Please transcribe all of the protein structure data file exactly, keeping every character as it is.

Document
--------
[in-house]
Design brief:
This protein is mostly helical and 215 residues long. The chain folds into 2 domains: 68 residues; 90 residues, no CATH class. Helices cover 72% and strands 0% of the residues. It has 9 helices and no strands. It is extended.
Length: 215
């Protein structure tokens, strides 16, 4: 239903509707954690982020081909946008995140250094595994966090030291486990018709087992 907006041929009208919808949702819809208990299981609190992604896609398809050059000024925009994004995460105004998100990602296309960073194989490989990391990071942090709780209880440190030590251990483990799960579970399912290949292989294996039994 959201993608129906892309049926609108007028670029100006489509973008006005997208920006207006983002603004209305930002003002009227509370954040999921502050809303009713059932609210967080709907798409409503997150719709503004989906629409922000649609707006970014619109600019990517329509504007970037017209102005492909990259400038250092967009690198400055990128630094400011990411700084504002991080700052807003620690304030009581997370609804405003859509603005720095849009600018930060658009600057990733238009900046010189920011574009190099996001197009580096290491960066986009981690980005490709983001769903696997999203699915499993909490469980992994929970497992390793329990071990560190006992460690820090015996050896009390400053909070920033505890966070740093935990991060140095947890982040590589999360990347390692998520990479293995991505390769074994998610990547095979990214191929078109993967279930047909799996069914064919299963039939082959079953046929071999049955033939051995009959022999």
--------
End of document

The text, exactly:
[in-house]
Design brief:
This protein is mostly helical and 215 residues long. The chain folds into 2 domains: 68 residues; 90 residues, no CATH class. Helices cover 72% and strands 0% of the residues. It has 9 helices and no strands. It is extended.
Length: 215
């Protein structure tokens, strides 16, 4: 239903509707954690982020081909946008995140250094595994966090030291486990018709087992 907006041929009208919808949702819809208990299981609190992604896609398809050059000024925009994004995460105004998100990602296309960073194989490989990391990071942090709780209880440190030590251990483990799960579970399912290949292989294996039994 959201993608129906892309049926609108007028670029100006489509973008006005997208920006207006983002603004209305930002003002009227509370954040999921502050809303009713059932609210967080709907798409409503997150719709503004989906629409922000649609707006970014619109600019990517329509504007970037017209102005492909990259400038250092967009690198400055990128630094400011990411700084504002991080700052807003620690304030009581997370609804405003859509603005720095849009600018930060658009600057990733238009900046010189920011574009190099996001197009580096290491960066986009981690980005490709983001769903696997999203699915499993909490469980992994929970497992390793329990071990560190006992460690820090015996050896009390400053909070920033505890966070740093935990991060140095947890982040590589999360990347390692998520990479293995991505390769074994998610990547095979990214191929078109993967279930047909799996069914064919299963039939082959079953046929071999049955033939051995009959022999």